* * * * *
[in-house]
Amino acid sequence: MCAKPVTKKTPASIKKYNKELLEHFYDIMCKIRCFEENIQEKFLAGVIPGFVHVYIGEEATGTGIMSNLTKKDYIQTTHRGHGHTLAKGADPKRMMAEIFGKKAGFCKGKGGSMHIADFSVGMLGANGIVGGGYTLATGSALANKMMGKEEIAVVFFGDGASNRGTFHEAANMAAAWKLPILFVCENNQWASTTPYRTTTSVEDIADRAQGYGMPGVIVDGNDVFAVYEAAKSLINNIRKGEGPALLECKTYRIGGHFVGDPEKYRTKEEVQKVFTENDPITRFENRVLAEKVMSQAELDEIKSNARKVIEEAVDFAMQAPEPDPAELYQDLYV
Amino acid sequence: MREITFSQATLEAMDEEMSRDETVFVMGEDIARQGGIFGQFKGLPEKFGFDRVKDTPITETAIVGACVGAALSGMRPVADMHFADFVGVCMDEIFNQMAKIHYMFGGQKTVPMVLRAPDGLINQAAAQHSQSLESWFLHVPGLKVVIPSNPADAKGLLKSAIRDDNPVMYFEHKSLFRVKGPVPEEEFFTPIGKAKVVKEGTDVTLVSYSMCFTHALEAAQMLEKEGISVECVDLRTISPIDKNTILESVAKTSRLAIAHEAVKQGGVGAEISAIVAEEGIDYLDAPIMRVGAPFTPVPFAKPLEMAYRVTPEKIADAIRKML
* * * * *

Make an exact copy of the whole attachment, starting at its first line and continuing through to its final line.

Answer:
[in-house]
Amino acid sequence: MCAKPVTKKTPASIKKYNKELLEHFYDIMCKIRCFEENIQEKFLAGVIPGFVHVYIGEEATGTGIMSNLTKKDYIQTTHRGHGHTLAKGADPKRMMAEIFGKKAGFCKGKGGSMHIADFSVGMLGANGIVGGGYTLATGSALANKMMGKEEIAVVFFGDGASNRGTFHEAANMAAAWKLPILFVCENNQWASTTPYRTTTSVEDIADRAQGYGMPGVIVDGNDVFAVYEAAKSLINNIRKGEGPALLECKTYRIGGHFVGDPEKYRTKEEVQKVFTENDPITRFENRVLAEKVMSQAELDEIKSNARKVIEEAVDFAMQAPEPDPAELYQDLYV
Amino acid sequence: MREITFSQATLEAMDEEMSRDETVFVMGEDIARQGGIFGQFKGLPEKFGFDRVKDTPITETAIVGACVGAALSGMRPVADMHFADFVGVCMDEIFNQMAKIHYMFGGQKTVPMVLRAPDGLINQAAAQHSQSLESWFLHVPGLKVVIPSNPADAKGLLKSAIRDDNPVMYFEHKSLFRVKGPVPEEEFFTPIGKAKVVKEGTDVTLVSYSMCFTHALEAAQMLEKEGISVECVDLRTISPIDKNTILESVAKTSRLAIAHEAVKQGGVGAEISAIVAEEGIDYLDAPIMRVGAPFTPVPFAKPLEMAYRVTPEKIADAIRKML